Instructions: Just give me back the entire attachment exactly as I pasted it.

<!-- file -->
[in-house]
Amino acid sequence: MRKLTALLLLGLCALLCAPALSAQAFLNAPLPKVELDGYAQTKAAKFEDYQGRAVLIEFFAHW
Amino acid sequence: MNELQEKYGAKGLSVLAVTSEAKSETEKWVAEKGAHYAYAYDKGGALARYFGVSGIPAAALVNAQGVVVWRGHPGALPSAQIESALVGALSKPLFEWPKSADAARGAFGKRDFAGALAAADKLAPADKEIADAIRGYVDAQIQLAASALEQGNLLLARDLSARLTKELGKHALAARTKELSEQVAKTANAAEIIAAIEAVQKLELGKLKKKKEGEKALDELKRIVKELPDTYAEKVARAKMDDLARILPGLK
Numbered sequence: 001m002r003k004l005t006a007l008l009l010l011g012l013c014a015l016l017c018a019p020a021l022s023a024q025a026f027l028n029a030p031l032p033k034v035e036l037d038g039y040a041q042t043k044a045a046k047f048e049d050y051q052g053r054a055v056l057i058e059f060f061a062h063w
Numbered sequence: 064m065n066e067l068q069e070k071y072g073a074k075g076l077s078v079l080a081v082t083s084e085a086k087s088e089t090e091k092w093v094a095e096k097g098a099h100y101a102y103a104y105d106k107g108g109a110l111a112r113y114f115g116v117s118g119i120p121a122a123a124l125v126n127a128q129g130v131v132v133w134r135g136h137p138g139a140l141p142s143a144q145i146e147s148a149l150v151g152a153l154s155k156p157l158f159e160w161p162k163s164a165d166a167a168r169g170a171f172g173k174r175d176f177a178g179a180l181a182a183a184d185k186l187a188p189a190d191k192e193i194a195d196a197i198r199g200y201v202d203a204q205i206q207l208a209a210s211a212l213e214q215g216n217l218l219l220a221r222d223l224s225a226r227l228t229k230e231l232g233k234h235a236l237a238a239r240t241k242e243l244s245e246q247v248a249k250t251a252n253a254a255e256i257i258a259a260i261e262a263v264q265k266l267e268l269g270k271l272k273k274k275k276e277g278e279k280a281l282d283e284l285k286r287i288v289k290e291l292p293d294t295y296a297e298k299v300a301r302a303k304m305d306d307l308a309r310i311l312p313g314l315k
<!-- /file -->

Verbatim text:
[in-house]
Amino acid sequence: MRKLTALLLLGLCALLCAPALSAQAFLNAPLPKVELDGYAQTKAAKFEDYQGRAVLIEFFAHW
Amino acid sequence: MNELQEKYGAKGLSVLAVTSEAKSETEKWVAEKGAHYAYAYDKGGALARYFGVSGIPAAALVNAQGVVVWRGHPGALPSAQIESALVGALSKPLFEWPKSADAARGAFGKRDFAGALAAADKLAPADKEIADAIRGYVDAQIQLAASALEQGNLLLARDLSARLTKELGKHALAARTKELSEQVAKTANAAEIIAAIEAVQKLELGKLKKKKEGEKALDELKRIVKELPDTYAEKVARAKMDDLARILPGLK
Numbered sequence: 001m002r003k004l005t006a007l008l009l010l011g012l013c014a015l016l017c018a019p020a021l022s023a024q025a026f027l028n029a030p031l032p033k034v035e036l037d038g039y040a041q042t043k044a045a046k047f048e049d050y051q052g053r054a055v056l057i058e059f060f061a062h063w
Numbered sequence: 064m065n066e067l068q069e070k071y072g073a074k075g076l077s078v079l080a081v082t083s084e085a086k087s088e089t090e091k092w093v094a095e096k097g098a099h100y101a102y103a104y105d106k107g108g109a110l111a112r113y114f115g116v117s118g119i120p121a122a123a124l125v126n127a128q129g130v131v132v133w134r135g136h137p138g139a140l141p142s143a144q145i146e147s148a149l150v151g152a153l154s155k156p157l158f159e160w161p162k163s164a165d166a167a168r169g170a171f172g173k174r175d176f177a178g179a180l181a182a183a184d185k186l187a188p189a190d191k192e193i194a195d196a197i198r199g200y201v202d203a204q205i206q207l208a209a210s211a212l213e214q215g216n217l218l219l220a221r222d223l224s225a226r227l228t229k230e231l232g233k234h235a236l237a238a239r240t241k242e243l244s245e246q247v248a249k250t251a252n253a254a255e256i257i258a259a260i261e262a263v264q265k266l267e268l269g270k271l272k273k274k275k276e277g278e279k280a281l282d283e284l285k286r287i288v289k290e291l292p293d294t295y296a297e298k299v300a301r302a303k304m305d306d307l308a309r310i311l312p313g314l315k